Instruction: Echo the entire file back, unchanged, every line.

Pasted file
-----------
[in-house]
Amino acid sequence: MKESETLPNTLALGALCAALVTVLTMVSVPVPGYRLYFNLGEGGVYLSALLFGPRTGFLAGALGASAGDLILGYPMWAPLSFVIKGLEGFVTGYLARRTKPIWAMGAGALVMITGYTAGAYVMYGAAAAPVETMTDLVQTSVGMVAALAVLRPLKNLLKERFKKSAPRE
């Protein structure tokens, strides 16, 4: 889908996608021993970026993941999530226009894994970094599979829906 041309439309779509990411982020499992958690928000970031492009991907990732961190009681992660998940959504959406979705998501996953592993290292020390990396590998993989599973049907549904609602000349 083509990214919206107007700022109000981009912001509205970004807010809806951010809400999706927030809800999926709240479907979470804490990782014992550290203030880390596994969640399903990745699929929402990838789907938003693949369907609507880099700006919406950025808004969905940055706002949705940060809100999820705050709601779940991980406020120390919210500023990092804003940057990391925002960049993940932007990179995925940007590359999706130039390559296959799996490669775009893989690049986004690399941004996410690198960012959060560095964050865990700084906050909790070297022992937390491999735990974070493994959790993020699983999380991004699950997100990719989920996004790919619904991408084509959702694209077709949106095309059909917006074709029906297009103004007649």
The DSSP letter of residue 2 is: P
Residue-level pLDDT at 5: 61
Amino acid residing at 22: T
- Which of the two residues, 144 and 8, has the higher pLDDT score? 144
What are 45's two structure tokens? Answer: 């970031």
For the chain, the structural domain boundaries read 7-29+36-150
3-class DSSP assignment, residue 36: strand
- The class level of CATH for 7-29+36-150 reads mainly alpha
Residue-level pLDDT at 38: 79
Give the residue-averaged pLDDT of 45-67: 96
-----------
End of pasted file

[in-house]
Amino acid sequence: MKESETLPNTLALGALCAALVTVLTMVSVPVPGYRLYFNLGEGGVYLSALLFGPRTGFLAGALGASAGDLILGYPMWAPLSFVIKGLEGFVTGYLARRTKPIWAMGAGALVMITGYTAGAYVMYGAAAAPVETMTDLVQTSVGMVAALAVLRPLKNLLKERFKKSAPRE
């Protein structure tokens, strides 16, 4: 889908996608021993970026993941999530226009894994970094599979829906 041309439309779509990411982020499992958690928000970031492009991907990732961190009681992660998940959504959406979705998501996953592993290292020390990396590998993989599973049907549904609602000349 083509990214919206107007700022109000981009912001509205970004807010809806951010809400999706927030809800999926709240479907979470804490990782014992550290203030880390596994969640399903990745699929929402990838789907938003693949369907609507880099700006919406950025808004969905940055706002949705940060809100999820705050709601779940991980406020120390919210500023990092804003940057990391925002960049993940932007990179995925940007590359999706130039390559296959799996490669775009893989690049986004690399941004996410690198960012959060560095964050865990700084906050909790070297022992937390491999735990974070493994959790993020699983999380991004699950997100990719989920996004790919619904991408084509959702694209077709949106095309059909917006074709029906297009103004007649």
The DSSP letter of residue 2 is: P
Residue-level pLDDT at 5: 61
Amino acid residing at 22: T
- Which of the two residues, 144 and 8, has the higher pLDDT score? 144
What are 45's two structure tokens? Answer: 């970031």
For the chain, the structural domain boundaries read 7-29+36-150
3-class DSSP assignment, residue 36: strand
- The class level of CATH for 7-29+36-150 reads mainly alpha
Residue-level pLDDT at 38: 79
Give the residue-averaged pLDDT of 45-67: 96